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Good Faith Estimate

A lot of times clients ask us for a Good Faith Estimate upfront… the latest rules regarding good faith estimates (which can be a great way to compare loan costs after escrow is opened… but not compare actual loan types…) require lenders to quote the escrow and title fees as well as other third party fees ( fees not having to do with or controlled by the lender ) accurately on the estimate… well, that is impossible ( like many government regulations that are enacted and don’t have any real practical application ). If you are a client and you are doing the right thing… setting up your loan so you are a more attractive buyer at the offer stage … and you would like to know upfront what costs are associated with your loan the best way to do this is to ask a series of questions to the lending source… see below…

Purchase Price?

Property type ( condo, townhome, house, duplex)?

Loan amount

Down payment amount

Type of loan ( ie, 30 year fixed)?

Days of rate lock?

Middle Credit score of both borrowers?

Interest rate?


Total lenders fes (including appraisal)

With this information, the lender can accurately tell you what their rate would be at that time on this deal. With this information you can compare apples to apples as the saying goes… no hidden costs or loan differentials… the good faith estimate really does not differentiate between a 30 year fixed and a five year fixed as far as the APR goes… so that is misleading… it also, as stated above, forces the lender into quoting third party fees ( like escrow and title) that they have no control over… so that really doesn’t do anyone any good. The good faith estimate is best delivered after escrow has opened on a purchase and the fees are defined for all parties… also, after a borrower has accurately compared loan products and understands the basics of the loan they are applying for… ie, 30 year fixed… five year fixed etc…. this is the time when you are formally applying for a loan and therefor when a good faith estimate is due.. On a refinance, the good faith estimate is delivered once we have a complete loan file from the client…( loan application, signed authorization forms and borrowers complete personal financials).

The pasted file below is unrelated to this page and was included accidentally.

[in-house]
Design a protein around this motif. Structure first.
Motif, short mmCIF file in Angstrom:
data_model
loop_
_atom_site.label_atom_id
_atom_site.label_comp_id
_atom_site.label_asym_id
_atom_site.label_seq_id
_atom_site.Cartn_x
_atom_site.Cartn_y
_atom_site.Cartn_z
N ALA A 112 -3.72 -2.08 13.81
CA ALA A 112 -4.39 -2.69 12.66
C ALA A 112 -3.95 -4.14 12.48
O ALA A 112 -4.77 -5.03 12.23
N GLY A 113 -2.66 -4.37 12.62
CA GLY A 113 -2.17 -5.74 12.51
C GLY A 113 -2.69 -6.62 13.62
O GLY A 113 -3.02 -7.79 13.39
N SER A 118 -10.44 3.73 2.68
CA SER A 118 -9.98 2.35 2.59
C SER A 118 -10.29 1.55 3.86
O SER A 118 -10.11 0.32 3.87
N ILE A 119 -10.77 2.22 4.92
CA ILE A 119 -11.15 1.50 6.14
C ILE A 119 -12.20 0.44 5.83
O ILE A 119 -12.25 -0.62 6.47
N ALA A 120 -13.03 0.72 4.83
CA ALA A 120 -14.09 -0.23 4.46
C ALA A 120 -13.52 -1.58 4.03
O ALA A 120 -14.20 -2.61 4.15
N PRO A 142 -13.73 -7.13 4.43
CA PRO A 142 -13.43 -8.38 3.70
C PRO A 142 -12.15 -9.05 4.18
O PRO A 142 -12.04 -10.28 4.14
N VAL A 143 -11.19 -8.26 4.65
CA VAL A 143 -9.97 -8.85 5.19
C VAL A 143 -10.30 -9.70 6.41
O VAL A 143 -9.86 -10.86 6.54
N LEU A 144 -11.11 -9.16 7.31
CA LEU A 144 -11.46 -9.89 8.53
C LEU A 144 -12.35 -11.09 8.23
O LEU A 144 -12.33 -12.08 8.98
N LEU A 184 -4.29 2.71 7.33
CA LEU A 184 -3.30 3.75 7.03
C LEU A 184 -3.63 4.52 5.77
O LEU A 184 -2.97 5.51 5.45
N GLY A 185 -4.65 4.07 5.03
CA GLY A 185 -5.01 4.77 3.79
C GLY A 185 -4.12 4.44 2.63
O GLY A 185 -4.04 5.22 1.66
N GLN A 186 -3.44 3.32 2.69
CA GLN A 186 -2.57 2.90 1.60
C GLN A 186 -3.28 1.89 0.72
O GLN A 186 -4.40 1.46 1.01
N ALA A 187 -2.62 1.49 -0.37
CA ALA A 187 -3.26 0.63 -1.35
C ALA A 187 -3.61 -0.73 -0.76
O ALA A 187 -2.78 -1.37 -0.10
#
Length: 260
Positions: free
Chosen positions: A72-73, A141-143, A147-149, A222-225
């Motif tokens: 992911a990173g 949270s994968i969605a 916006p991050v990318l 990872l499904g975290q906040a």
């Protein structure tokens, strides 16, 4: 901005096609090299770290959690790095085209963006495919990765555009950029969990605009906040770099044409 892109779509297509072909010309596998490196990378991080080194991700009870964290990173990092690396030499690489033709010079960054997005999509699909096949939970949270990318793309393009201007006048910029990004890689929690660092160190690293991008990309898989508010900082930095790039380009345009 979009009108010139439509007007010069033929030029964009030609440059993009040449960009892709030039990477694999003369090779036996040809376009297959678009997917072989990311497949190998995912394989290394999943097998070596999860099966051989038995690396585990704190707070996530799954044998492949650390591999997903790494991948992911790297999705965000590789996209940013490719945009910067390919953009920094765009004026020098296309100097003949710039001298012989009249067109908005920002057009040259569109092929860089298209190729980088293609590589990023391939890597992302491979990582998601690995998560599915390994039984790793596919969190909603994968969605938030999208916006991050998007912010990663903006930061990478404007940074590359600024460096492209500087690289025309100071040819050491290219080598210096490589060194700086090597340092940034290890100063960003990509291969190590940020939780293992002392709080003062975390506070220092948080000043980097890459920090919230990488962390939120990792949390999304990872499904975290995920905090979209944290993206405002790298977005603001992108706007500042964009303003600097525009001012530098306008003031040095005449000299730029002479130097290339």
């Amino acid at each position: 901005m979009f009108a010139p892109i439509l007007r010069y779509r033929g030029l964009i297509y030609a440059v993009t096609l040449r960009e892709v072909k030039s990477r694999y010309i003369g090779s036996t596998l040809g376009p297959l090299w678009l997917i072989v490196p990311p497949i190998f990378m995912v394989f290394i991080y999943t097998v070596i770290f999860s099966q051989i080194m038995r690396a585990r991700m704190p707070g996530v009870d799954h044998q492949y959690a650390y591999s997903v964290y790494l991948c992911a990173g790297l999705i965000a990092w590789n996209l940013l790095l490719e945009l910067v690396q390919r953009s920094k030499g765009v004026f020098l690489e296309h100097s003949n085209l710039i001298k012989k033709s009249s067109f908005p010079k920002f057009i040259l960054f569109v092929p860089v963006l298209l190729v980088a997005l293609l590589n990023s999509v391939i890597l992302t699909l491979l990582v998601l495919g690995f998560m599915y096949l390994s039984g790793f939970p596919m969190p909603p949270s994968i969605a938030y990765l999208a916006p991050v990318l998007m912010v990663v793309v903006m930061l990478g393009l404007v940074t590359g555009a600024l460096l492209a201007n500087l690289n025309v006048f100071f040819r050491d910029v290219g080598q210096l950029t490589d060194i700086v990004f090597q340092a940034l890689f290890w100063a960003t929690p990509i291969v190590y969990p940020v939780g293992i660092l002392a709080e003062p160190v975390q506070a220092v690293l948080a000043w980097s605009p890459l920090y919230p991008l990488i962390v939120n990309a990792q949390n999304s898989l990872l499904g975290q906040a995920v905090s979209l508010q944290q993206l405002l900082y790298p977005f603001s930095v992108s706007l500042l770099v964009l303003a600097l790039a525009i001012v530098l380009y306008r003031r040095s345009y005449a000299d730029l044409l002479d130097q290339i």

A good faith estimate is it is not a rate lock committent or a loan approval.. that is important to remember.  it is governemrnet from to try and compare loans ( and it doesn't do it very well).
So we ask our clients right up front to do their due diligence on the loan, the type, the rate, the cost… compare lenders…. interview them over the phone or in person… find the lender that best fits your needs, your personality… that is referred to you by someone you trust… once you have found that lender, we ask you work with them solely to pre approve your loan, then once in escrow, to fund your loan. It is a tremendous amount of work for both the borrower and the lender to do all of this…we are going to work tirelessly to take care of you and your loan… so we want to make sure if you choose us, we are the lender that funds your loan in the end.